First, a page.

The Statute of Limitation on a TILA action is one year for closed ended credit cases pursuant to 15 U.S.C.A. section 1640. The exception to the one year statute of limitation is when the remedy sought is to enforce the right of rescission under 15 U.S.C.A. section 1635. 15 U.S.C section 1635 provides that in any consumer credit transaction in which a security interest is retained or acquired in any real property which is used as the residence of the person to whom credit is extended, the obligor has the right to rescind the transaction until midnight of the third business day following the consummation of the transaction or the delivery of the disclosures required by the Truth in Lending Act, whichever is later, by notifying the creditor of his intention to rescind. 15 U.S.C section 1635. 15 U.S.C section 1635 applies to loans on unimproved lots that are intended for recreational or residential use. Charnita, Inc. v. F. T. C., 479 F.2d 684, 686-87, (C.A.3, 1973).

For a link to commercial litigation areas regularly practiced by this office please click here.

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Disclosure of Defects in Hawaii

Friday, January 9th, 2009

This blog will discuss (i) whether the seller of a home has a duty to disclose material facts regarding the property to a buyer and (ii) whether the realtor and/or seller of a home has a duty to disclose material facts regarding the property to a buyer. The short answer is that a seller has an absolute duty to disclose material facts to the buyer. Although this obligation is usually handled by the seller in the disclosure statement, the legal obligation arises from the common law and a variety of statutes.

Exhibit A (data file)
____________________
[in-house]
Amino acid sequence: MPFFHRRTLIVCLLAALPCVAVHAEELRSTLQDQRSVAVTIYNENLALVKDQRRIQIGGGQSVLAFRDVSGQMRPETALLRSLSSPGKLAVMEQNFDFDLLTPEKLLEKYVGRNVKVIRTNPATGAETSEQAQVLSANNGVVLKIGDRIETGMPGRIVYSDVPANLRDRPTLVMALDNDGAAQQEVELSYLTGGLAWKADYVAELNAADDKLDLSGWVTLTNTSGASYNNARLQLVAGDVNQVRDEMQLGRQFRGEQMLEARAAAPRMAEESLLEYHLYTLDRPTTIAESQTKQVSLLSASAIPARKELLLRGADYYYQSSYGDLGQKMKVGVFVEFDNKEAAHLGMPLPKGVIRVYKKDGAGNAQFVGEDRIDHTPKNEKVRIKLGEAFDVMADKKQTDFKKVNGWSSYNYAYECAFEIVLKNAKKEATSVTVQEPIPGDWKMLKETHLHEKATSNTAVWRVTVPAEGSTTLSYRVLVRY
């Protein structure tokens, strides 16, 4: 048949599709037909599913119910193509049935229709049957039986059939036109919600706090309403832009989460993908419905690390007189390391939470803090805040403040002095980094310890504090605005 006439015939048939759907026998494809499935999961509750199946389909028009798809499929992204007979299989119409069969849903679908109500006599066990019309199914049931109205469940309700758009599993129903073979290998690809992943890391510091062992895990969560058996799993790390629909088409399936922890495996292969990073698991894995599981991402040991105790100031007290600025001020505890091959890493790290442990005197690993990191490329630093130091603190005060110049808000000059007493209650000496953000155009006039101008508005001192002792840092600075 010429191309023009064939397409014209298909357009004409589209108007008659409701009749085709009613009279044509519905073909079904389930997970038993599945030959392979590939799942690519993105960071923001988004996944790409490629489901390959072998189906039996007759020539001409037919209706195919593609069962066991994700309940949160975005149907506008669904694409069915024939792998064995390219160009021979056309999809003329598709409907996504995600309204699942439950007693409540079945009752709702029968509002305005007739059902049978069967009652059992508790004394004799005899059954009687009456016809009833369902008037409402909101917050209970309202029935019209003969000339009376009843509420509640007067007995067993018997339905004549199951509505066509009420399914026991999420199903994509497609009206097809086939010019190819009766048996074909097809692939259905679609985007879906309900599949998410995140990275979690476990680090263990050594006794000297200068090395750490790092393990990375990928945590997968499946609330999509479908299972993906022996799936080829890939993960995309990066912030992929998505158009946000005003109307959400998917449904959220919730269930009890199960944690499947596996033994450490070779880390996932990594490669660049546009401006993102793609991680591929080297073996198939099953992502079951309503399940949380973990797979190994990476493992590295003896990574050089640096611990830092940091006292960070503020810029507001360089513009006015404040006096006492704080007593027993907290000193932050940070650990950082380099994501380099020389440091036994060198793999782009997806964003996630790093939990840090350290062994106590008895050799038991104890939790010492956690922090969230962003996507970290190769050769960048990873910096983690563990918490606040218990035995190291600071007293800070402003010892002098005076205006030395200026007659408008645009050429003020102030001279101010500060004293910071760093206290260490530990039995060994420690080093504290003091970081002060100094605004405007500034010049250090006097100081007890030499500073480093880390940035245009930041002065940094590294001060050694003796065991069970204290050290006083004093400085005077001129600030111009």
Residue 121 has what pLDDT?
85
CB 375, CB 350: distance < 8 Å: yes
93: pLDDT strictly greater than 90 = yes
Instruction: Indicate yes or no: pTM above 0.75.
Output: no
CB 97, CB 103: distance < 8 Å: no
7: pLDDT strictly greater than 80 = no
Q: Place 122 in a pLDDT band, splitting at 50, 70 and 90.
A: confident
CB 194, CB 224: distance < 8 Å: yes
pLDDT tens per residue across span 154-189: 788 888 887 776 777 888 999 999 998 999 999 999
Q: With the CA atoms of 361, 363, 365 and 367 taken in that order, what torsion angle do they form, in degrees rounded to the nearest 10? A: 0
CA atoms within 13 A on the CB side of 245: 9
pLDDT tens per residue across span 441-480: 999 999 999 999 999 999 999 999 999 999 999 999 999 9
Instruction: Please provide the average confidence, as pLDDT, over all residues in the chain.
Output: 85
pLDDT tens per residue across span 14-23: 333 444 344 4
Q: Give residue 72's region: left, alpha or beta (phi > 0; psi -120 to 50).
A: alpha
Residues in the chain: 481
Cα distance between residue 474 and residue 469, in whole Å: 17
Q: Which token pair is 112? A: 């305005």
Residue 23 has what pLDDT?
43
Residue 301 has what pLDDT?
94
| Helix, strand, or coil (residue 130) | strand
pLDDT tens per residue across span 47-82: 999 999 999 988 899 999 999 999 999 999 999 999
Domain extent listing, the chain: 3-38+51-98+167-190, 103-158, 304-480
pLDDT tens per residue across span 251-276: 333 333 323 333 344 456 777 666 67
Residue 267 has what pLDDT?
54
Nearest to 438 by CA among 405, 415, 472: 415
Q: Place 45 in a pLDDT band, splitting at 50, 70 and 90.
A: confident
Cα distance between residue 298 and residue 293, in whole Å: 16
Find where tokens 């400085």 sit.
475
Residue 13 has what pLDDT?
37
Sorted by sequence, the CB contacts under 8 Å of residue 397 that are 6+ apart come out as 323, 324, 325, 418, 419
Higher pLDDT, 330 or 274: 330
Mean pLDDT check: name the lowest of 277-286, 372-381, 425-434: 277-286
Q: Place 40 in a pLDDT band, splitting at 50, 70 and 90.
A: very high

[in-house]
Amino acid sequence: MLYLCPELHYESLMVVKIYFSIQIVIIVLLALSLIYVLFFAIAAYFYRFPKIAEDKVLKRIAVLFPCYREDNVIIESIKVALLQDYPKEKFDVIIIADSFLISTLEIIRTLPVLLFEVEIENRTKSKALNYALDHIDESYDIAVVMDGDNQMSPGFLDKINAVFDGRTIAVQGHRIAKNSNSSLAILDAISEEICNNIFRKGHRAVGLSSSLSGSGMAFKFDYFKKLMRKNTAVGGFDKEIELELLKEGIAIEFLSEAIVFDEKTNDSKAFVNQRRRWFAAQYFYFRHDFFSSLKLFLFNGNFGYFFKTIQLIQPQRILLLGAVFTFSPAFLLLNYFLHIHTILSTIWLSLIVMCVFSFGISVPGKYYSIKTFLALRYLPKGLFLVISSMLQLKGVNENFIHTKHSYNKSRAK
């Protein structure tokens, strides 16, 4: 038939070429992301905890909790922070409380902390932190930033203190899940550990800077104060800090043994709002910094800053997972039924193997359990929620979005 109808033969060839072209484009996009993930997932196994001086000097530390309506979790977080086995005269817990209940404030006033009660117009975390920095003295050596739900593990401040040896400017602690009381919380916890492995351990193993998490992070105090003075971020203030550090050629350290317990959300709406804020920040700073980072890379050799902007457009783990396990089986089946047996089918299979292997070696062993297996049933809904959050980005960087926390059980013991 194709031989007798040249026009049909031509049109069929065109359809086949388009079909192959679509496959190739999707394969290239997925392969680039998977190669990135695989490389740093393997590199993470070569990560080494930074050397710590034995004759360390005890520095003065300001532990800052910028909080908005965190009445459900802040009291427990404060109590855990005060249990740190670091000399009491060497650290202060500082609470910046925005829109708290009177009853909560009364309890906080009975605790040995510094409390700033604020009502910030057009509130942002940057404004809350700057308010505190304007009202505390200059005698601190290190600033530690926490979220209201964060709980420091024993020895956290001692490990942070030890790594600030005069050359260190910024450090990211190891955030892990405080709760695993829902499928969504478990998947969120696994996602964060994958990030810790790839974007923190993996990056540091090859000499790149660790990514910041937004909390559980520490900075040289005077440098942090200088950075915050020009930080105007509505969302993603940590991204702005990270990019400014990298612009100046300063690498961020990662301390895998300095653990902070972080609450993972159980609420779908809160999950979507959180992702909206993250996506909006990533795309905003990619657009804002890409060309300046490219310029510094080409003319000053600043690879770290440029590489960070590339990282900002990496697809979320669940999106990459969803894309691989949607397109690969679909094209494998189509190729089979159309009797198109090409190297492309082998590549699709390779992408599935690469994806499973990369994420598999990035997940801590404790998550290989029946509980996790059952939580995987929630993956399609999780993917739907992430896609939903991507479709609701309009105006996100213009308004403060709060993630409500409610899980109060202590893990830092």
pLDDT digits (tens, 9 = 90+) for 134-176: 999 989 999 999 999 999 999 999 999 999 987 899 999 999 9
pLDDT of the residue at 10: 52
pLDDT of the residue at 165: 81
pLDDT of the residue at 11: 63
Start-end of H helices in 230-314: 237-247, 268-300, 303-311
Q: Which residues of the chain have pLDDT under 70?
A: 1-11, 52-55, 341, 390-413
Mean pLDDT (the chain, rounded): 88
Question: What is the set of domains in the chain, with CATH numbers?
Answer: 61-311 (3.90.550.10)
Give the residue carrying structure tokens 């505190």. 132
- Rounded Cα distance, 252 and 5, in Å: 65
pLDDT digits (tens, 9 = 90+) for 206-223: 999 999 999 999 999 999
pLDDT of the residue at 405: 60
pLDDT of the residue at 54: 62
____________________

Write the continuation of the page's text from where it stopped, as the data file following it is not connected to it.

For example, pursuant to HRS section 508, a seller (or an agent of a seller, ie. real estate agent) may be found liable for failure to disclose defects in property sold. HRS section 508D-1 requires “disclosure by seller (and extended to realtor) of “material facts” relating to property that are (1) within the knowledge or control of the seller, or (2) can be observed from a visible, accessible area, or are required under section 508D-15.” Material fact is defined as “any fact, defect, or condition, past or present, that would be expected to measurably affect the value to a reasonable person of the residential property being offered for sale.”
However, there are several defenses available to the seller. Accordingly, HRS section 508D-13 provides that:

Information in a disclosure statement that has not been disclosed or becomes inaccurate regarding a material fact as a result of an act, agreement, or occurrence (or otherwise becomes known to seller) after the statement is provided to the buyer does not violate this chapter.

Therefore, if the material defects arise after the buyer purchased the home, then there is no valid claim against the seller.

There must be evidence that the seller had prior knowledge of the defect. According to HRS section 508D-1, “the material fact that is required to be disclosed must be within the knowledge of the seller or visible to the seller.”

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Hawaii Unlicensed Contractor Liability: 2

Friday, January 2nd, 2009

In my previous blog I discussed whether, under Hawaii law, a homeowner must pay for services provided by an unlicensed contractor. This blog will consider whether a subsequent procurement of a Hawaii license by a previously unlicensed contractor can validate a contract that was agreed upon while the contractor was still unlicensed.